Articles Tagged with “sacramento business employment lawyer”

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Last month, we discussed the plight of FlightCar, a California car rental startup, currently involved in a lawsuit with the City of San Francisco. The City alleges that FlightCar, which rents out vehicles parked at the San Francisco International Airport by their traveling owners to other airport travelers, is undercutting rental car companies at the airport by acting like a rental car company but ignoring the regulations that govern them. The case of FlightCar highlights the situation facing three other California startup companies involved in the business of “ride sharing.”

What are “Ride Sharing” Companies?

Ride-sharing companies are in the business of providing vehicles-for-hire. The services basically use mobile-phone applications to connect people in need of a ride with everyday drivers. In California, the three largest startup companies providing the service are Uber, Lyft, and SideCar.

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With so many items on the “to do” list, new employees at start ups are often immediately thrown into the fire. Everything seems to move at a quicker pace for new companies, and it is common for employees to simply learn as they go and for problems to be ironed out as they arise. It is natural for new workers at these companies to operate differently than those in large, established companies. However, there may be some basic protocols that even brand new companies should take from their established rivals, like decent employee training. The cost in money and time at the outset often proves to be a lifesaver for new businesses down the road. justice.jpg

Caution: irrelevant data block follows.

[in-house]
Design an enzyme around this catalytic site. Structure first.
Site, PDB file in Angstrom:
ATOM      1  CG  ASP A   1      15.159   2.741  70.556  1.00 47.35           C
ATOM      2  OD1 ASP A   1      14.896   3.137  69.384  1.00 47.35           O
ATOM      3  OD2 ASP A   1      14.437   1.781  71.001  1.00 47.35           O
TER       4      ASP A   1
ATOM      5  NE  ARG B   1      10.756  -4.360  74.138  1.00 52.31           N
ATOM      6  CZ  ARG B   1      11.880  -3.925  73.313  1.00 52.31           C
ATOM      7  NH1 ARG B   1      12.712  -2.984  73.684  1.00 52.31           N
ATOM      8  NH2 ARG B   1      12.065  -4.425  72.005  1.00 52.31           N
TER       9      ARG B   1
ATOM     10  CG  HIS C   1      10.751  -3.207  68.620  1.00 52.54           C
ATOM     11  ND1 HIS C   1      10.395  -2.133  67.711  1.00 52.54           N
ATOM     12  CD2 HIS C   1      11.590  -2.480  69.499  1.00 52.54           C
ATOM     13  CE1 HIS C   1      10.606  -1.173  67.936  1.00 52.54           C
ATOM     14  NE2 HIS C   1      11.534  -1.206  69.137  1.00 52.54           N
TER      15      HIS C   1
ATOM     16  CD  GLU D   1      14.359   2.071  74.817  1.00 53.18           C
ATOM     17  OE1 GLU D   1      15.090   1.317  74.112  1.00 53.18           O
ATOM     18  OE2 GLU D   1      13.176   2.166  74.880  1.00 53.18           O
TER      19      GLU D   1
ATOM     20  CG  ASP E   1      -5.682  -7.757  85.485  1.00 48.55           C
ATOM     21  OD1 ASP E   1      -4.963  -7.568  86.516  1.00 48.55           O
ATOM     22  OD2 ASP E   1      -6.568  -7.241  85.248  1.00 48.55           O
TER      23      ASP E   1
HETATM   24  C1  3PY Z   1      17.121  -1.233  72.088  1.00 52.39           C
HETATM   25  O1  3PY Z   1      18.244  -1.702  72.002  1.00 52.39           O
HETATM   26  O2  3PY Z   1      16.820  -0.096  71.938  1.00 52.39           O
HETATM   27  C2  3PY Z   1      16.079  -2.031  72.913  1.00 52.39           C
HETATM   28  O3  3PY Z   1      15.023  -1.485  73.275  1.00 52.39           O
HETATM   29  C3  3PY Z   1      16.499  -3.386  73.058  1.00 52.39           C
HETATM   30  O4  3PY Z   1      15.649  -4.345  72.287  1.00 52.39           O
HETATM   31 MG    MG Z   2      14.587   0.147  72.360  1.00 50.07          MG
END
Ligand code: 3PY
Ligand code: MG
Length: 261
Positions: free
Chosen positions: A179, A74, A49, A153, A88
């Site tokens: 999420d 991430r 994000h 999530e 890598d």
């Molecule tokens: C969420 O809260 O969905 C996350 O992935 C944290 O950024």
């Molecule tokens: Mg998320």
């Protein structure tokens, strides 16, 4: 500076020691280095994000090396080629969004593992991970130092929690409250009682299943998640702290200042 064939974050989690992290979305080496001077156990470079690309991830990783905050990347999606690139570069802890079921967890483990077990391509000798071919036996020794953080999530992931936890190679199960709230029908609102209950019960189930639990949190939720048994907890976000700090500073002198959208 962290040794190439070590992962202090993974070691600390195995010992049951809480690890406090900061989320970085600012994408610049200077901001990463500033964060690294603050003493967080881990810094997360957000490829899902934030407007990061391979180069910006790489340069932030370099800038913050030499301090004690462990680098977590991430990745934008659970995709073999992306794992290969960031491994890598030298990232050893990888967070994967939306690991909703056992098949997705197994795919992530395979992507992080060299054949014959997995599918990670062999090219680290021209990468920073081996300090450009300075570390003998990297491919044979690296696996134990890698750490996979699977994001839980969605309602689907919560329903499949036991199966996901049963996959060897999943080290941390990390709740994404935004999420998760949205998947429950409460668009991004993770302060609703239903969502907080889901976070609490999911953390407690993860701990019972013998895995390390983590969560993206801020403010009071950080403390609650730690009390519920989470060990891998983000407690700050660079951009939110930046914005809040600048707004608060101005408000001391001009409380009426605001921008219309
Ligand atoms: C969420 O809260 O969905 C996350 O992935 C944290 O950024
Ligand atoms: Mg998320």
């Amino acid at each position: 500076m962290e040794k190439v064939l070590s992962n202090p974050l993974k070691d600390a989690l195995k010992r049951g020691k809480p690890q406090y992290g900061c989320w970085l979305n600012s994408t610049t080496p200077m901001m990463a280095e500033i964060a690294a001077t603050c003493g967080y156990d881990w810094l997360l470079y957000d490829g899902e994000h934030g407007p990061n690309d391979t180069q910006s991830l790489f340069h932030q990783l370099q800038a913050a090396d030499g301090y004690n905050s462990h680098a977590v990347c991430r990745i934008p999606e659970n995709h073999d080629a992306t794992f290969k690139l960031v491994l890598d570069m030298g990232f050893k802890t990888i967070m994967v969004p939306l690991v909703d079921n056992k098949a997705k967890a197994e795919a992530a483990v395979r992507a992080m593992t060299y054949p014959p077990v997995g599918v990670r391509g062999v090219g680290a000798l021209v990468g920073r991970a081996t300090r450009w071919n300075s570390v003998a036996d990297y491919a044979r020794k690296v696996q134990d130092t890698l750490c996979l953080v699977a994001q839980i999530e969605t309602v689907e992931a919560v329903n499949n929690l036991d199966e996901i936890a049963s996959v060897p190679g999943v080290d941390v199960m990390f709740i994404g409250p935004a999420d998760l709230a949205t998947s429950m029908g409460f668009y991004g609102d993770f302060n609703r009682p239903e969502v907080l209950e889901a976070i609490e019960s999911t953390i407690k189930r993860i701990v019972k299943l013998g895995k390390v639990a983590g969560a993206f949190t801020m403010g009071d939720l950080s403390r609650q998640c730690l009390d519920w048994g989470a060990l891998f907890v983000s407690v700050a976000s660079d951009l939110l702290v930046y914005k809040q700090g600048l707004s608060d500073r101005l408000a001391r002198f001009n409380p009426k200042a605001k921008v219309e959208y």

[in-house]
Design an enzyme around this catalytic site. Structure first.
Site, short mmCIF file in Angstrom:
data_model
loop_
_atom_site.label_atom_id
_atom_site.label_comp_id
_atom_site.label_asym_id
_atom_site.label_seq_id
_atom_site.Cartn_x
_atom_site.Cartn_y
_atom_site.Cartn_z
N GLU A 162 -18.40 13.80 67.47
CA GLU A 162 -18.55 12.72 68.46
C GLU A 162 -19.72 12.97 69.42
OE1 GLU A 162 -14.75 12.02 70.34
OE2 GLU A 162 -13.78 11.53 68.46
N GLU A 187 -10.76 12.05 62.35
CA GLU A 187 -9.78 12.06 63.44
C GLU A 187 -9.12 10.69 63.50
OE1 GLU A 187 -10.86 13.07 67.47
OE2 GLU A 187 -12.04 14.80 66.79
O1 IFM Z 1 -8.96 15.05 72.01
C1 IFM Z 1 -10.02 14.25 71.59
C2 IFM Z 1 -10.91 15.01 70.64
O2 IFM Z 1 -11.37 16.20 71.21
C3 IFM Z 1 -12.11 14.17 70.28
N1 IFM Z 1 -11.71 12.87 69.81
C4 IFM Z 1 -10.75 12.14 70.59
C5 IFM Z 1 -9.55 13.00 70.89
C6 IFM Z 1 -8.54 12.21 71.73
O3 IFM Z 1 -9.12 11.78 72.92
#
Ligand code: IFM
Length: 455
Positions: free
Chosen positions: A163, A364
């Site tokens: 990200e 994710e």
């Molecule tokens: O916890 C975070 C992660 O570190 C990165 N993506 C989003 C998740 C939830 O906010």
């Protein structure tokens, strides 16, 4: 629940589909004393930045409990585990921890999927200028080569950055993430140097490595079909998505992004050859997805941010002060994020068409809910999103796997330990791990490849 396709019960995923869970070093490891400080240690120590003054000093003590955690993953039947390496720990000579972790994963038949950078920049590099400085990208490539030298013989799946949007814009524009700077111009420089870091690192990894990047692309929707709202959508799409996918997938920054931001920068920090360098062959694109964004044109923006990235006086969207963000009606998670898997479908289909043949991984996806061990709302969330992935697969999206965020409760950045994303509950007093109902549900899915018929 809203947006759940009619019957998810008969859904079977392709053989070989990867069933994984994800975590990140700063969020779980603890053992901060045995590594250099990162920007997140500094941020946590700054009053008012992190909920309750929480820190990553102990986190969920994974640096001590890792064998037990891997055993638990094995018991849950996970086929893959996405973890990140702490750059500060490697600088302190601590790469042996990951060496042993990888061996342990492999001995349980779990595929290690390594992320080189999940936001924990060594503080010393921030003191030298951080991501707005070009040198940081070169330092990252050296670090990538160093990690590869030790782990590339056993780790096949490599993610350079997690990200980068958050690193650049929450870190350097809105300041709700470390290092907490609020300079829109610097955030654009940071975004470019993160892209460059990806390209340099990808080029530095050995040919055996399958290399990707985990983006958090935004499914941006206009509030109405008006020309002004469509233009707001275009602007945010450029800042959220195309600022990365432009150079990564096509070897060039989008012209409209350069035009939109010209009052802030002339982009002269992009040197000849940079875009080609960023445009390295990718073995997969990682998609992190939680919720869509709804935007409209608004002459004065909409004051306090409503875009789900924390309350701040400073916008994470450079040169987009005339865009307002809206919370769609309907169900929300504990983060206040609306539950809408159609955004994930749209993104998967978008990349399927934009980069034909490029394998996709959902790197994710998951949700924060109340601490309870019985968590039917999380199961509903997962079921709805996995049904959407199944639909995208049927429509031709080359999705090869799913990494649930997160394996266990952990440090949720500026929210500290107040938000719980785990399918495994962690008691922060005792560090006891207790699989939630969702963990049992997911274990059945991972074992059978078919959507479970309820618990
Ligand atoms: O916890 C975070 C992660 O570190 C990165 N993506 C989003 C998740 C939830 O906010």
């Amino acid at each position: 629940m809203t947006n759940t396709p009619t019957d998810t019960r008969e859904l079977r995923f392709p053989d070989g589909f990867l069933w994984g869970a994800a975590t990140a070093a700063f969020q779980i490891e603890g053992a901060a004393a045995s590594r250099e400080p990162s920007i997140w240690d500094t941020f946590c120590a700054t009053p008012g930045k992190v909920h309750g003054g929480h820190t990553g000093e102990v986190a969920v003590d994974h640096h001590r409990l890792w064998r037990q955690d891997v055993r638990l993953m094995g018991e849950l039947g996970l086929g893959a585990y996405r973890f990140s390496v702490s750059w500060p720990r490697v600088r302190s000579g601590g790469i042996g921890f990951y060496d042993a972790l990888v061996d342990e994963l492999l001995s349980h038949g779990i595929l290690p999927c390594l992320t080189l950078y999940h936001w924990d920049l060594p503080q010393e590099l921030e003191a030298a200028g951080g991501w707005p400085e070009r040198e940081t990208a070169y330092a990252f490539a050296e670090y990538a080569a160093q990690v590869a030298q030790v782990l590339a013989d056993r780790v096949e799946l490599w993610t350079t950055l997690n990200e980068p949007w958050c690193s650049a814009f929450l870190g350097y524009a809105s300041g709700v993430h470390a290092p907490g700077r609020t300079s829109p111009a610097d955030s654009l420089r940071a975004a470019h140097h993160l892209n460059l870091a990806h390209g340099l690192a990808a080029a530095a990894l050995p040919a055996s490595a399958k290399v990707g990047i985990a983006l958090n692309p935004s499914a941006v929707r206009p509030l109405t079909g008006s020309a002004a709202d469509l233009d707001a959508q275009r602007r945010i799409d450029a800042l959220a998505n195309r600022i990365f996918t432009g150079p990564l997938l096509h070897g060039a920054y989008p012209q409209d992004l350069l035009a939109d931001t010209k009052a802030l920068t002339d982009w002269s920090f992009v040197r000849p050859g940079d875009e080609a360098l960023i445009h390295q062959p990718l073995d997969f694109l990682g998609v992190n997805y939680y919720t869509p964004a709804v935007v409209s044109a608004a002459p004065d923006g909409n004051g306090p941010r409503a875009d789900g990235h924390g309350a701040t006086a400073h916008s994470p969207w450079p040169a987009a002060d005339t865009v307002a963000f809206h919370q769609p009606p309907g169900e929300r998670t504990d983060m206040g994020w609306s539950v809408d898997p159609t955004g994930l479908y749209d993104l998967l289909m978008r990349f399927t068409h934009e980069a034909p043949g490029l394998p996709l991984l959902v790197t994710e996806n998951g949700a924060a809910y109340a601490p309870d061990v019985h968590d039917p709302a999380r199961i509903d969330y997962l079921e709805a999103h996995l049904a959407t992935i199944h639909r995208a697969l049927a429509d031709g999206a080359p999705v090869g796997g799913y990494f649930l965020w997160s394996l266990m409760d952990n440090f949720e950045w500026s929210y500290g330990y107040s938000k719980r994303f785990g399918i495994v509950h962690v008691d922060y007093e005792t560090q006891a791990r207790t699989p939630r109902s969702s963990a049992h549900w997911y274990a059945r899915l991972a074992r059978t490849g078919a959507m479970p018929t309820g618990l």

Lessons from the Mayor

One of the most high-profile California stories this month involved lawsuits filed against San Diego Mayor Bob Filner. As many know, several female staff members recently came forward, claiming that the Mayor engaged in egregious conduct and sxual harassment. The case took on unique legal arguments when Filner’s own attorney argued in a letter to the San Diego attorney, that the city lawyer should defend the suit with public funds, because the city failed to provide the Mayor with sexual harassment training.